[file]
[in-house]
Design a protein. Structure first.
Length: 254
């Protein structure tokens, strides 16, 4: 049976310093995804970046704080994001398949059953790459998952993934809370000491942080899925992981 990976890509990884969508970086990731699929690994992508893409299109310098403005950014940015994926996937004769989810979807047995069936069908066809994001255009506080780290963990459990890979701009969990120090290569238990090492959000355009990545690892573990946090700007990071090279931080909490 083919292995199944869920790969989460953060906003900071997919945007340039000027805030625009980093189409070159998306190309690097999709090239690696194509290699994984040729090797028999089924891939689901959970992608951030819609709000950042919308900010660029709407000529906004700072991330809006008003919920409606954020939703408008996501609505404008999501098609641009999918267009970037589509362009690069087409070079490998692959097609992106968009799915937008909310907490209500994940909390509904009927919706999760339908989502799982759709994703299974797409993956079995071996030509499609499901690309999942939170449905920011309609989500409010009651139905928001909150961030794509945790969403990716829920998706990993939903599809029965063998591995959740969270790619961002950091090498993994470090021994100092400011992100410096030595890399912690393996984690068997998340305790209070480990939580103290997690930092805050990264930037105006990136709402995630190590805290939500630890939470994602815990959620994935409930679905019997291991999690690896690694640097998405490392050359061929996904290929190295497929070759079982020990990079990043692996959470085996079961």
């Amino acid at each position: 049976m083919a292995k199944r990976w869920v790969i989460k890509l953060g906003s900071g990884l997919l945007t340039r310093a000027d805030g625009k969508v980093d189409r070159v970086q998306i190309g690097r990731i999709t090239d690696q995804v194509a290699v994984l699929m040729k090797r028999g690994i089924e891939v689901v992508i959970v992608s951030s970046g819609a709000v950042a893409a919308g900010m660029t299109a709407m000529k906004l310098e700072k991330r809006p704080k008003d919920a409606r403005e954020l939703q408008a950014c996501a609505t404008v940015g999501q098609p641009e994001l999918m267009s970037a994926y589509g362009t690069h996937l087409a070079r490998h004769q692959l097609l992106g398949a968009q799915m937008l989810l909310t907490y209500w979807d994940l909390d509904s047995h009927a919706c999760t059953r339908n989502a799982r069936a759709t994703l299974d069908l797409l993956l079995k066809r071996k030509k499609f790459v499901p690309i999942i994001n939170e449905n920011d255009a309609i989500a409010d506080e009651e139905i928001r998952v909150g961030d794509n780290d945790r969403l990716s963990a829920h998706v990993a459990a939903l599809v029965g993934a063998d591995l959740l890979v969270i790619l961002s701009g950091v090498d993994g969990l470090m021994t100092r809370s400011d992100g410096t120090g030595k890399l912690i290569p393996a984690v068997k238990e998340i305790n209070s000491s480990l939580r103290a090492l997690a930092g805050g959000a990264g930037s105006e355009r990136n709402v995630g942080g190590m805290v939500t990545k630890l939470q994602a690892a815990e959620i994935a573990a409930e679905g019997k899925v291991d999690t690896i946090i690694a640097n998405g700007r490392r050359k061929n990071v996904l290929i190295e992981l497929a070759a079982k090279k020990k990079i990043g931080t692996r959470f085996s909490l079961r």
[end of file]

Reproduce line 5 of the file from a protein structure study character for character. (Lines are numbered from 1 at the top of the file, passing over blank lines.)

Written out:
């Amino acid at each position: 049976m083919a292995k199944r990976w869920v790969i989460k890509l953060g906003s900071g990884l997919l945007t340039r310093a000027d805030g625009k969508v980093d189409r070159v970086q998306i190309g690097r990731i999709t090239d690696q995804v194509a290699v994984l699929m040729k090797r028999g690994i089924e891939v689901v992508i959970v992608s951030s970046g819609a709000v950042a893409a919308g900010m660029t299109a709407m000529k906004l310098e700072k991330r809006p704080k008003d919920a409606r403005e954020l939703q408008a950014c996501a609505t404008v940015g999501q098609p641009e994001l999918m267009s970037a994926y589509g362009t690069h996937l087409a070079r490998h004769q692959l097609l992106g398949a968009q799915m937008l989810l909310t907490y209500w979807d994940l909390d509904s047995h009927a919706c999760t059953r339908n989502a799982r069936a759709t994703l299974d069908l797409l993956l079995k066809r071996k030509k499609f790459v499901p690309i999942i994001n939170e449905n920011d255009a309609i989500a409010d506080e009651e139905i928001r998952v909150g961030d794509n780290d945790r969403l990716s963990a829920h998706v990993a459990a939903l599809v029965g993934a063998d591995l959740l890979v969270i790619l961002s701009g950091v090498d993994g969990l470090m021994t100092r809370s400011d992100g410096t120090g030595k890399l912690i290569p393996a984690v068997k238990e998340i305790n209070s000491s480990l939580r103290a090492l997690a930092g805050g959000a990264g930037s105006e355009r990136n709402v995630g942080g190590m805290v939500t990545k630890l939470q994602a690892a815990e959620i994935a573990a409930e679905g019997k899925v291991d999690t690896i946090i690694a640097n998405g700007r490392r050359k061929n990071v996904l290929i190295e992981l497929a070759a079982k090279k020990k990079i990043g931080t692996r959470f085996s909490l079961r």